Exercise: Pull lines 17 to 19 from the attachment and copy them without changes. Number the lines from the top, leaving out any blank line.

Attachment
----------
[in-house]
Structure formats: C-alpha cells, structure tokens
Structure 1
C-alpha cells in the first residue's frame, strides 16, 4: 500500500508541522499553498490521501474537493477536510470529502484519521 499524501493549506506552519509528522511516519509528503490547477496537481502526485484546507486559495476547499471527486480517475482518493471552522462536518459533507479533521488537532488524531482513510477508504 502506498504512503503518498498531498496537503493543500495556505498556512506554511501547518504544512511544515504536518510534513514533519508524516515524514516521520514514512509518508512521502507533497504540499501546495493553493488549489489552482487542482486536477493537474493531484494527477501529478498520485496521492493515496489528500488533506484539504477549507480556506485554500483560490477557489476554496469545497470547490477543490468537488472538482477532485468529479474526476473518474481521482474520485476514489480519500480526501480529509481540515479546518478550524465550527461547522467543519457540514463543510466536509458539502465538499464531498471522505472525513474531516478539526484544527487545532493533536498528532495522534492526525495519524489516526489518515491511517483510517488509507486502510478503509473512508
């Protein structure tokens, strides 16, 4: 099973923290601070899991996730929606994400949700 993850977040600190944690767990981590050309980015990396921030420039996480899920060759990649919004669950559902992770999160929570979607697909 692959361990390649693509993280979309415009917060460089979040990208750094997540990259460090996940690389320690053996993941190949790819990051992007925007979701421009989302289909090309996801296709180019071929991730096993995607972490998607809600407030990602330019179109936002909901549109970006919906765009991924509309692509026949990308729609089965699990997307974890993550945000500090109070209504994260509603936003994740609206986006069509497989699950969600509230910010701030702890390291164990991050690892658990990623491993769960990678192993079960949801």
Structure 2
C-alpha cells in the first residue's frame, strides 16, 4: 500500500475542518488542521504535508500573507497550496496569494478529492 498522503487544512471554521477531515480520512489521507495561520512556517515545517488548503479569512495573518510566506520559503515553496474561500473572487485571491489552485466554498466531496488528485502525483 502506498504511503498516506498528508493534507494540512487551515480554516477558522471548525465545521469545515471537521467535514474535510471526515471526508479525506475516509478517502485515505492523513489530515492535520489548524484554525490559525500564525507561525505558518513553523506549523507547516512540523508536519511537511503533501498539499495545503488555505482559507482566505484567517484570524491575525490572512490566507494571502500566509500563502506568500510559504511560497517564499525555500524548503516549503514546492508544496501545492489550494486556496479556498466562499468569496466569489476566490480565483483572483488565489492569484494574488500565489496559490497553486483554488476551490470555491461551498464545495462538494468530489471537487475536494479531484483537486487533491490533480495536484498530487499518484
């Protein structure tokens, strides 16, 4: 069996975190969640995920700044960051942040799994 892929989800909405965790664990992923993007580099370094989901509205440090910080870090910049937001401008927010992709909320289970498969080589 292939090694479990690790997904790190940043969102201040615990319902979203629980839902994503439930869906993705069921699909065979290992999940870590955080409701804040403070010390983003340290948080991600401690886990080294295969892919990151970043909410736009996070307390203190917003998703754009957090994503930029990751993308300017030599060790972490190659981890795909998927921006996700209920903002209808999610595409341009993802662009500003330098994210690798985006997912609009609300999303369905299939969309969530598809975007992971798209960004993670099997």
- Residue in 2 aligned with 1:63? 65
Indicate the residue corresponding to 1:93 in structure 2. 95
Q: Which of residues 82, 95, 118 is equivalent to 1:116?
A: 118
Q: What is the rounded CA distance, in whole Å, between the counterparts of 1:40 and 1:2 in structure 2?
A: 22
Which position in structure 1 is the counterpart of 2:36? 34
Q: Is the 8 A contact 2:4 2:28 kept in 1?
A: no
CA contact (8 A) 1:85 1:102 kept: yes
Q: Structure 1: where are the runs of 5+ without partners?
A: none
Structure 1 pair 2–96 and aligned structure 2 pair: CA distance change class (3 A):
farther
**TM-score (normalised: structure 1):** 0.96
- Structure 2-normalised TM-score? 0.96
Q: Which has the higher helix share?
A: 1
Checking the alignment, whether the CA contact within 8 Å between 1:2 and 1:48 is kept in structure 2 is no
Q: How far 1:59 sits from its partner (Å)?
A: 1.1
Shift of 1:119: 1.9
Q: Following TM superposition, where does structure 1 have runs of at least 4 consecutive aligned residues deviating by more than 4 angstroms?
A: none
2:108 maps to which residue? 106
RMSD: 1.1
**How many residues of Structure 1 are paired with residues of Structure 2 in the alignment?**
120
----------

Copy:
A: no
CA contact (8 A) 1:85 1:102 kept: yes
Q: Structure 1: where are the runs of 5+ without partners?